Syringe Driver w/ Acoustic Levitator (bad audio warning!):
Syringe Driver Demo:
About the gears and drive mechanism:
A large gear is attached to the output of the DC motor. This large gear interfaces with a smaller gear which is fitted to a helical corkscrew drive. As the corkscrew spins, it pushes the plunger of the syringe along with it, dispensing liquid. Top and bottom cover plates are fitted around the corkscrew to prevent the corkscrew from bending and to prevent the syringe plunger from slipping over the top of the corkscrew. This design was only tested on low viscosity fluids and there may be an issue if high viscosity fluids were used. I specifically wanted a small footprint for this device. The design of the gears should be substantially improved. One of the photos shows the iterative design process I went through from testing a clip-on syringe piece to a basic syringe holder body to the fully integrated syringe holder and motor mount. (You can also see where my red spool ran out and I switched to black.) The gears in the corner of the image also show change. I didn't take the time to learn how to design gears, and just drew was looked like a gear in CAD. The small, sharp teeth of the first gears didn't work well, so I switched to the larger, rounded gears. While not ideal gears, they work. As I will describe, I did not need a precise gear ratio at the time.
About the application:
I was working on acoustic levitation and a colleague of mine wanted to perform an experiment on levitated drops of a specific chemical in-situ at an x-ray beamline at Argonne National Lab. Due to safety constraints, no human can be in the room while x-rays are present, and the safety process to turn-on x-rays takes over 60 seconds from when you leave the room. We could levitate drops and close the door, but by time we had x-rays, we had missed the interesting bit of science. My colleague had a commercial syringe driver which we were able to use, but it was challenging to work with. Since we were aiming to inject single droplets of liquid, not dispense the whole syringe, we had to find a way to start and stop the syringe driver. While the device didn't have any digital inputs, there was a power-failure mode; if the device lost power while dispensing, it could continue to dispense upon regaining power. All we had to do to remote control the commercial syringe driver was run a power cord out of the room and plug it in to start it dispensing and unplug it to stop. Next was the problem of orientation and mounting. The syringe mounts into the large, heavy syringe driver which usually sits on a table. If we attached a long tube to the syringe with a needle at the end of the tube, as might be typical for injecting drugs into a human patient, we found fine control to be a challenge when turning the device on and off. The moving fluid in the tube wouldn't instantly start and stop, but there would be a lag and recoil as the pressure waves moved through the long, flexible tubing. Eventually we drilled holes in the base of the unit and attached brackets to the whole syringe driver. This let us mount it up in the air, at the angle we wanted, and eliminate the flexible tubing. While this worked, it was very frustrating to achieve fine adjustment of the position of the needle tip. Further, there was no way would be able to fit more than one of these in the space if we wanted to mix drops from two different syringes. Since we didn't need the precise volume control nor the (hopefully) medically certified status of the commercial unit, I reasoned I could build my own syringe driver from scrap parts around the lab, resulting in the project you see here today.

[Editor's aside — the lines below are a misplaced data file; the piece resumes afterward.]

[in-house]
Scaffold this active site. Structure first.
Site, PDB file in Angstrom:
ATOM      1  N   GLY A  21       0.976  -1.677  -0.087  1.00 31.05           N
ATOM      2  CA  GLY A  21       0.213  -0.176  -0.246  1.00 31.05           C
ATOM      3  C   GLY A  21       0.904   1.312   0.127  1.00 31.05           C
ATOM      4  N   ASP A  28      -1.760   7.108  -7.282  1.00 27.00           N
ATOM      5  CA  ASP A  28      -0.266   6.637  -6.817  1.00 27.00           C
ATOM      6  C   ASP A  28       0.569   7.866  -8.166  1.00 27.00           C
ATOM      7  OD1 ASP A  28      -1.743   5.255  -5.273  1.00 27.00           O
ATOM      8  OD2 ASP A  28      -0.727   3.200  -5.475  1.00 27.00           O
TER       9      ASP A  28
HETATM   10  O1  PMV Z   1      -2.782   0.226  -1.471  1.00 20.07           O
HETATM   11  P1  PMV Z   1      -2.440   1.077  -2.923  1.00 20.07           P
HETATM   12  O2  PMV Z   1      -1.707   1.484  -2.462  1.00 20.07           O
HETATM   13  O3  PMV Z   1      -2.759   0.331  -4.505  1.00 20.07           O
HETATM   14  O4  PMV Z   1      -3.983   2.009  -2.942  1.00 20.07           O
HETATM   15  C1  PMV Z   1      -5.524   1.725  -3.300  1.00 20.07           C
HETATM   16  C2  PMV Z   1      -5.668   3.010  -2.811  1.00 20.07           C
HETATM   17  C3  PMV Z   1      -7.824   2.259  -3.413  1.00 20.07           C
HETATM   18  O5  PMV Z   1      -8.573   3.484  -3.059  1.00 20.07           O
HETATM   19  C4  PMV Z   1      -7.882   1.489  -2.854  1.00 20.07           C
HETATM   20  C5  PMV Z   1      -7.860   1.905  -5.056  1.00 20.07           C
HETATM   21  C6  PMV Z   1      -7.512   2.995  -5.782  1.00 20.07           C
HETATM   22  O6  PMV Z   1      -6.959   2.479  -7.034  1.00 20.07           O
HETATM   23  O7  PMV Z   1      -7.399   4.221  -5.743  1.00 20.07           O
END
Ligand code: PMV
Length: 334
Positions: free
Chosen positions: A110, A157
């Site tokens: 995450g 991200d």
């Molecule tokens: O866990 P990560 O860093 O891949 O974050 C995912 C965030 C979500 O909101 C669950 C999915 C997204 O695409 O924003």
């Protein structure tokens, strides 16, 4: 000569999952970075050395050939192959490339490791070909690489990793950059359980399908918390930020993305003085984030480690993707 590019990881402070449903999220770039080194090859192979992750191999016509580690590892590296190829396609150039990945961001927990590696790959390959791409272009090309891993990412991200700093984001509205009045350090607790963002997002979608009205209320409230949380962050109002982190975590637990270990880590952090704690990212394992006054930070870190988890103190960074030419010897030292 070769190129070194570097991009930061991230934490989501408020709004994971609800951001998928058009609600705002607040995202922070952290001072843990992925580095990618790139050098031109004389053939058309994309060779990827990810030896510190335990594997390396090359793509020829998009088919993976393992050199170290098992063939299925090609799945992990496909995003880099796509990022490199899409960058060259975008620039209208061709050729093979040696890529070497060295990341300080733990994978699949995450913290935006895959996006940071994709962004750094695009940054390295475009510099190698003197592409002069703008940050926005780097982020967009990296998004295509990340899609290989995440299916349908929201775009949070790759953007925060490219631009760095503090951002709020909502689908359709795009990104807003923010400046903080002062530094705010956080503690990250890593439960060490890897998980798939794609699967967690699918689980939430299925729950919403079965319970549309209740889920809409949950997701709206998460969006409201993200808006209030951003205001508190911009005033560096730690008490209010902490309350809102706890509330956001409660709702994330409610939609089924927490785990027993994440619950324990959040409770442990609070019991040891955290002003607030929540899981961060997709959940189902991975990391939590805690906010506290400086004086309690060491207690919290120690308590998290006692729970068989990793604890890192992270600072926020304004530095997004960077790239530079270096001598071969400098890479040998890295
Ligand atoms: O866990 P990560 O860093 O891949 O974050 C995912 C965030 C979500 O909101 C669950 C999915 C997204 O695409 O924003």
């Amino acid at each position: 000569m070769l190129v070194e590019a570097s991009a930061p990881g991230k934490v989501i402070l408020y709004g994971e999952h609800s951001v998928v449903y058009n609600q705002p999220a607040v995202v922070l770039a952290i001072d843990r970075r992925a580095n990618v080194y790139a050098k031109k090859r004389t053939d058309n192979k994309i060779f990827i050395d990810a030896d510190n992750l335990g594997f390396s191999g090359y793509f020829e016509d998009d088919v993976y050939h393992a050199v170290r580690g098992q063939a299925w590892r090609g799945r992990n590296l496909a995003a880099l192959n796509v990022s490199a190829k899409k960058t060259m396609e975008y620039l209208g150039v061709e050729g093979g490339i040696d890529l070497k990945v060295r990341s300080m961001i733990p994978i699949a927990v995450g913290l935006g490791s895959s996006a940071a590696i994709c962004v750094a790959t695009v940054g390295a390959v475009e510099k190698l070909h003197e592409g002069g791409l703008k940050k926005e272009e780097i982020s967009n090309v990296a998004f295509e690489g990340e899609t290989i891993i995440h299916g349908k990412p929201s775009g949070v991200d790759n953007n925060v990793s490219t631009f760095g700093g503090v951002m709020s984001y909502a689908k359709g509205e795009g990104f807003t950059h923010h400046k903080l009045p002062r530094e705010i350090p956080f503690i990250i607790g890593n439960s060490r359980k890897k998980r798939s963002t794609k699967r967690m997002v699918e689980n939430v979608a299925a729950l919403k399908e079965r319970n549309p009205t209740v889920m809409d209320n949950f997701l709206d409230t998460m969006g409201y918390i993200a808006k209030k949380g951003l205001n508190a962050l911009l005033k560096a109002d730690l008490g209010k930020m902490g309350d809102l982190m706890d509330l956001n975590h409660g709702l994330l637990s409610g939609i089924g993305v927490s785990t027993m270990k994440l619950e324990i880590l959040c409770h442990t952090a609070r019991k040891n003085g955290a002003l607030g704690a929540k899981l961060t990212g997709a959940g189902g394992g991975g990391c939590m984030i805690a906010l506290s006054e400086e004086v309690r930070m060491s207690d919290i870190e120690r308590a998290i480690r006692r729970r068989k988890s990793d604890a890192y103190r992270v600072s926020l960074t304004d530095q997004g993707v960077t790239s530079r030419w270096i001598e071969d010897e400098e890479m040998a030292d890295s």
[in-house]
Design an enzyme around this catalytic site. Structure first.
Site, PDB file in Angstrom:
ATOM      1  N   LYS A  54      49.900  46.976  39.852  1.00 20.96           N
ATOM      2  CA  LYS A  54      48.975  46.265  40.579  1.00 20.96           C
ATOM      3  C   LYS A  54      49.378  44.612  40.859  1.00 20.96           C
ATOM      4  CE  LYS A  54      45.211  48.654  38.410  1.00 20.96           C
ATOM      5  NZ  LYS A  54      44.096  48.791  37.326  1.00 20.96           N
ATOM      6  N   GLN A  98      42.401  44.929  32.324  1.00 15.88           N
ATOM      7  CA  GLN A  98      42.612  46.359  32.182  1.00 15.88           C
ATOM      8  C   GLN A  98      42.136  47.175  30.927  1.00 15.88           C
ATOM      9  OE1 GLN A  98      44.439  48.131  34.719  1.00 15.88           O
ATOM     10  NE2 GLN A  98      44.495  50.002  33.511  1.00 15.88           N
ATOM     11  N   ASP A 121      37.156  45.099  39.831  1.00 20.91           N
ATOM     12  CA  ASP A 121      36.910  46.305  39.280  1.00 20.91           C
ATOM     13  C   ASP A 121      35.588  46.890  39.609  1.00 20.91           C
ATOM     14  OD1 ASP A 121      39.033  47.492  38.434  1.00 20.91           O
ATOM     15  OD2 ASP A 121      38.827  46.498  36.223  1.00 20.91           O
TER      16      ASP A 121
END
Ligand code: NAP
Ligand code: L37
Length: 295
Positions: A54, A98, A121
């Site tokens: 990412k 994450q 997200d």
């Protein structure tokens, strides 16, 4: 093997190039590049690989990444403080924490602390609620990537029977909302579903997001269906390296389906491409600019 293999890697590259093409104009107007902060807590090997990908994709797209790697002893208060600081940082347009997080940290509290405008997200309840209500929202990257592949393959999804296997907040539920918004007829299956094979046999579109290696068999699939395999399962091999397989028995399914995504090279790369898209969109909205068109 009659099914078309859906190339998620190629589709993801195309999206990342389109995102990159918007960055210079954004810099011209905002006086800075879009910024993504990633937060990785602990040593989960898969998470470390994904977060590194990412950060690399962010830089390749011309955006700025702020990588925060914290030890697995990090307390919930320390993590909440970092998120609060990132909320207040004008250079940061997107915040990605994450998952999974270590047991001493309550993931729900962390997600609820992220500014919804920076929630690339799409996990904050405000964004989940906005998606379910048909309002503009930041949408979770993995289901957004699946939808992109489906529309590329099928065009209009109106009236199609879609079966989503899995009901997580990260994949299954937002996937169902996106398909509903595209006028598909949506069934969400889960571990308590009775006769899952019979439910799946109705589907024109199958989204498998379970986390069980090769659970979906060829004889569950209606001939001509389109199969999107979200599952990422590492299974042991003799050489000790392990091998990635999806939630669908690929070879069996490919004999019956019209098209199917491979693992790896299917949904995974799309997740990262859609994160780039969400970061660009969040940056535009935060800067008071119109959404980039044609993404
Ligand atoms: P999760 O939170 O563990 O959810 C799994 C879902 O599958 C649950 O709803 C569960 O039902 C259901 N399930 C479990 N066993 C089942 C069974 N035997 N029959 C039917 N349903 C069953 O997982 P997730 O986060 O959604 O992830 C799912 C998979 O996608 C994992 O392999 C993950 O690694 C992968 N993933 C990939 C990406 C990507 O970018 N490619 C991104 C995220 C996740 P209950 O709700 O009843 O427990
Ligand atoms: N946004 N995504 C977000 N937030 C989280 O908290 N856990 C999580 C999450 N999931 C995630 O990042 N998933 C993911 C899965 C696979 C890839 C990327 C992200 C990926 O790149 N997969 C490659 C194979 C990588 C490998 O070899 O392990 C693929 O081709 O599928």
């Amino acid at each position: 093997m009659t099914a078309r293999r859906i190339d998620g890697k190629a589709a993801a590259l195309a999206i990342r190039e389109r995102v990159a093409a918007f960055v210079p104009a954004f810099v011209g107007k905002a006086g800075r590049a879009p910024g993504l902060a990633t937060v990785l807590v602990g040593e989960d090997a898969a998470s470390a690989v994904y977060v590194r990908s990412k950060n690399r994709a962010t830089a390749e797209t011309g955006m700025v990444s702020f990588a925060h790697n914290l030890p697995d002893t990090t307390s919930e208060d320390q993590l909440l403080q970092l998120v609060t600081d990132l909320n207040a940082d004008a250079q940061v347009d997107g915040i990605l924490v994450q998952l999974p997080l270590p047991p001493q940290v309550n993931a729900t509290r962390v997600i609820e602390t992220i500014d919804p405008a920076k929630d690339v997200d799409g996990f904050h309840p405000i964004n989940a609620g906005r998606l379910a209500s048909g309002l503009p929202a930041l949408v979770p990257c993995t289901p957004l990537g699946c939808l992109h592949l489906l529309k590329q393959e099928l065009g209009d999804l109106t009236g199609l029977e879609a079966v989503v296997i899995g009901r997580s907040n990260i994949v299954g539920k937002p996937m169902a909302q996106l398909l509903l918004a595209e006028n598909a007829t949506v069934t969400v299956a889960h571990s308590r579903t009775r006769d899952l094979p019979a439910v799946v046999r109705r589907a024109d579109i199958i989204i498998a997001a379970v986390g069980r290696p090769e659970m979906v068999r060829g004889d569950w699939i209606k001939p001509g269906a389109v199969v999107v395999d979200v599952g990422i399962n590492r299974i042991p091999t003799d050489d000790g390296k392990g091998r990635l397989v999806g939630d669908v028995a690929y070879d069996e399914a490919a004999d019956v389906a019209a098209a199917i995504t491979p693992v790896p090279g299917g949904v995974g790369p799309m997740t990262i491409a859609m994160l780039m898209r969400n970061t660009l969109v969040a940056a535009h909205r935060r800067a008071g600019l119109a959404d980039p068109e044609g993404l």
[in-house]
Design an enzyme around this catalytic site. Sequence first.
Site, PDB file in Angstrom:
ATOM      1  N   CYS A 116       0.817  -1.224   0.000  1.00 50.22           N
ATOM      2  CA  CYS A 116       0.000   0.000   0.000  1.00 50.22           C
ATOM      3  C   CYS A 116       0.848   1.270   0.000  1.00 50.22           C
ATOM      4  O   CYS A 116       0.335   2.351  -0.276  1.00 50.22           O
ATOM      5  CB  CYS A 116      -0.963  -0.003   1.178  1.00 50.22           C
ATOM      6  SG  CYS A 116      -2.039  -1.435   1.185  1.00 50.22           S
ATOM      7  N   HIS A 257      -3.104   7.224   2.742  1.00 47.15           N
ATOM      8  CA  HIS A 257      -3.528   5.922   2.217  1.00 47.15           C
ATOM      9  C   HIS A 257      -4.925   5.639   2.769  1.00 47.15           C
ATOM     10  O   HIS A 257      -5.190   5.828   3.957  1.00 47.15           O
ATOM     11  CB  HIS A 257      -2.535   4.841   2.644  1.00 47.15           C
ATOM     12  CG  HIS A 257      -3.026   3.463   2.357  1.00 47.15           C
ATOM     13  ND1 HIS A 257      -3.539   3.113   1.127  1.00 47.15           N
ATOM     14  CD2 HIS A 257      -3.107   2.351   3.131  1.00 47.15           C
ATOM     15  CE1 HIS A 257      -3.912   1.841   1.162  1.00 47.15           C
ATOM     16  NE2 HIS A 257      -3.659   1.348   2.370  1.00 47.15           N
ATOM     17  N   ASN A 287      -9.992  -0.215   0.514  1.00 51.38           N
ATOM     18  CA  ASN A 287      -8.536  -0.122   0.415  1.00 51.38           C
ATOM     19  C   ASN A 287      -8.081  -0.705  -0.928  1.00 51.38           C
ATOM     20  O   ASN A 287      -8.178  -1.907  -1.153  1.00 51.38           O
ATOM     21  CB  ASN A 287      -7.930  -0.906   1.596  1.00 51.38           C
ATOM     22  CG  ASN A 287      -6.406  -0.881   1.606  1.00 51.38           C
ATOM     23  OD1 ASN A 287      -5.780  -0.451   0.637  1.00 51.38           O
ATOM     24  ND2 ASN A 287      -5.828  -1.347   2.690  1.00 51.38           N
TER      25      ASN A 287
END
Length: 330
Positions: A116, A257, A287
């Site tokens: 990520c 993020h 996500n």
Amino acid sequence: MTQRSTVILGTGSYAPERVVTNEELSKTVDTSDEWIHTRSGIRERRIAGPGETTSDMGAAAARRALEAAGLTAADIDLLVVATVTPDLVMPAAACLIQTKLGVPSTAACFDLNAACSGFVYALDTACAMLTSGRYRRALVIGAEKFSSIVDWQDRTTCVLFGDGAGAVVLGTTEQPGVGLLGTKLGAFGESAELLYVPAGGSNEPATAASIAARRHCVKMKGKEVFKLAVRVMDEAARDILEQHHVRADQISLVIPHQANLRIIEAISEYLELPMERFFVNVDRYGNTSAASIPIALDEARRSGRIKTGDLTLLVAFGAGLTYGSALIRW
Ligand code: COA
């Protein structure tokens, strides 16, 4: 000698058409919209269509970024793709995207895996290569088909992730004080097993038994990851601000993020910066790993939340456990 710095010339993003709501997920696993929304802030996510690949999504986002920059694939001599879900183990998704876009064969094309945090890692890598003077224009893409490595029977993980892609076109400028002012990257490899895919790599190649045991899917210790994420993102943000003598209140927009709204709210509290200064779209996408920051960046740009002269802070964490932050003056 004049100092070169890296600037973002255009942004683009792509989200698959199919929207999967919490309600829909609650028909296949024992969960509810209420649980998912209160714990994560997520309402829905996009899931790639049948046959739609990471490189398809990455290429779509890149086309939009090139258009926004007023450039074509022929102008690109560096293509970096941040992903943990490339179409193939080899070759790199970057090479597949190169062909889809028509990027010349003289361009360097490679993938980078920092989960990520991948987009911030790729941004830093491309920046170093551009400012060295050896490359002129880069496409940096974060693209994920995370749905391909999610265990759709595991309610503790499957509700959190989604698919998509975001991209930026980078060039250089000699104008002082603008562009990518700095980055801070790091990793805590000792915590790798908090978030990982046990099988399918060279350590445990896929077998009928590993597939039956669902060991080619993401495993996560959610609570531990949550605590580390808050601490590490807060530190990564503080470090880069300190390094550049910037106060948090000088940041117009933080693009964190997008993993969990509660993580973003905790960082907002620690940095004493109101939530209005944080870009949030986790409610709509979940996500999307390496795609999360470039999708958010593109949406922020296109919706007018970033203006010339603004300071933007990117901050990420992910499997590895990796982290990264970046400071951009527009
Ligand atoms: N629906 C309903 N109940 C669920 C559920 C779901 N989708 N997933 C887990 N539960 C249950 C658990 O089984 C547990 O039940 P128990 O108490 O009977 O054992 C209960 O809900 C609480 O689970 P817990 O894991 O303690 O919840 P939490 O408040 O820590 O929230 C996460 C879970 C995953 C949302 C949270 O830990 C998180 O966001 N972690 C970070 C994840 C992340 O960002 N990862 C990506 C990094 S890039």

I have a potential application that would require a redesign, but I will save that for another day.